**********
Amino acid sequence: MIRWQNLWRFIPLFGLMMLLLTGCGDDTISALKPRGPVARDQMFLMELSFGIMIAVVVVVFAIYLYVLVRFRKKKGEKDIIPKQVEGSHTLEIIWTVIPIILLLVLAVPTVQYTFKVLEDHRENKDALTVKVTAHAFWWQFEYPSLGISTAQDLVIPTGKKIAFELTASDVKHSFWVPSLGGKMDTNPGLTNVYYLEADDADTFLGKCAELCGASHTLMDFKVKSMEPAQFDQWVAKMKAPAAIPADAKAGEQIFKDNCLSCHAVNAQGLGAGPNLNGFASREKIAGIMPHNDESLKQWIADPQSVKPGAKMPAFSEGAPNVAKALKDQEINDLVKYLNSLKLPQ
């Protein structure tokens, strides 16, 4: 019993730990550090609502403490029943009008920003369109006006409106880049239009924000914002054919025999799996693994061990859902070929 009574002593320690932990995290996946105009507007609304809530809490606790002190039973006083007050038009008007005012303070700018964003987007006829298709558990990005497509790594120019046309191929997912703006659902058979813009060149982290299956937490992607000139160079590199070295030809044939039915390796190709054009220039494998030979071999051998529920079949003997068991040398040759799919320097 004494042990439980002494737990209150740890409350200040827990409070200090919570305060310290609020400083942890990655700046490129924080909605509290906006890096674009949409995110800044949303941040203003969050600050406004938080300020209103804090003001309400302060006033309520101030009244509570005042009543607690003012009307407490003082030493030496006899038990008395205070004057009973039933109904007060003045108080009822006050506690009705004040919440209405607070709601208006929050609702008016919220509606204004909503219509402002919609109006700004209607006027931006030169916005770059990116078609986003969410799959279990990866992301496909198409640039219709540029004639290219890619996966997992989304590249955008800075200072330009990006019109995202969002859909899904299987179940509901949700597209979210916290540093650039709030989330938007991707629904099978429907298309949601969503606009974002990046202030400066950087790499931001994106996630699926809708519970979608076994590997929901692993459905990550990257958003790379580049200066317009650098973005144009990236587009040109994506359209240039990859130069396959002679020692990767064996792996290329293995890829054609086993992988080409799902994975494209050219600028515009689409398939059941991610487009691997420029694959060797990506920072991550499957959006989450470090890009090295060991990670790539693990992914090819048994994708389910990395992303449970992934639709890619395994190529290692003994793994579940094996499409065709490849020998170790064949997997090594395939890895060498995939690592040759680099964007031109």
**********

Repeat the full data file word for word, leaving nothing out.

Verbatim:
Amino acid sequence: MIRWQNLWRFIPLFGLMMLLLTGCGDDTISALKPRGPVARDQMFLMELSFGIMIAVVVVVFAIYLYVLVRFRKKKGEKDIIPKQVEGSHTLEIIWTVIPIILLLVLAVPTVQYTFKVLEDHRENKDALTVKVTAHAFWWQFEYPSLGISTAQDLVIPTGKKIAFELTASDVKHSFWVPSLGGKMDTNPGLTNVYYLEADDADTFLGKCAELCGASHTLMDFKVKSMEPAQFDQWVAKMKAPAAIPADAKAGEQIFKDNCLSCHAVNAQGLGAGPNLNGFASREKIAGIMPHNDESLKQWIADPQSVKPGAKMPAFSEGAPNVAKALKDQEINDLVKYLNSLKLPQ
């Protein structure tokens, strides 16, 4: 019993730990550090609502403490029943009008920003369109006006409106880049239009924000914002054919025999799996693994061990859902070929 009574002593320690932990995290996946105009507007609304809530809490606790002190039973006083007050038009008007005012303070700018964003987007006829298709558990990005497509790594120019046309191929997912703006659902058979813009060149982290299956937490992607000139160079590199070295030809044939039915390796190709054009220039494998030979071999051998529920079949003997068991040398040759799919320097 004494042990439980002494737990209150740890409350200040827990409070200090919570305060310290609020400083942890990655700046490129924080909605509290906006890096674009949409995110800044949303941040203003969050600050406004938080300020209103804090003001309400302060006033309520101030009244509570005042009543607690003012009307407490003082030493030496006899038990008395205070004057009973039933109904007060003045108080009822006050506690009705004040919440209405607070709601208006929050609702008016919220509606204004909503219509402002919609109006700004209607006027931006030169916005770059990116078609986003969410799959279990990866992301496909198409640039219709540029004639290219890619996966997992989304590249955008800075200072330009990006019109995202969002859909899904299987179940509901949700597209979210916290540093650039709030989330938007991707629904099978429907298309949601969503606009974002990046202030400066950087790499931001994106996630699926809708519970979608076994590997929901692993459905990550990257958003790379580049200066317009650098973005144009990236587009040109994506359209240039990859130069396959002679020692990767064996792996290329293995890829054609086993992988080409799902994975494209050219600028515009689409398939059941991610487009691997420029694959060797990506920072991550499957959006989450470090890009090295060991990670790539693990992914090819048994994708389910990395992303449970992934639709890619395994190529290692003994793994579940094996499409065709490849020998170790064949997997090594395939890895060498995939690592040759680099964007031109």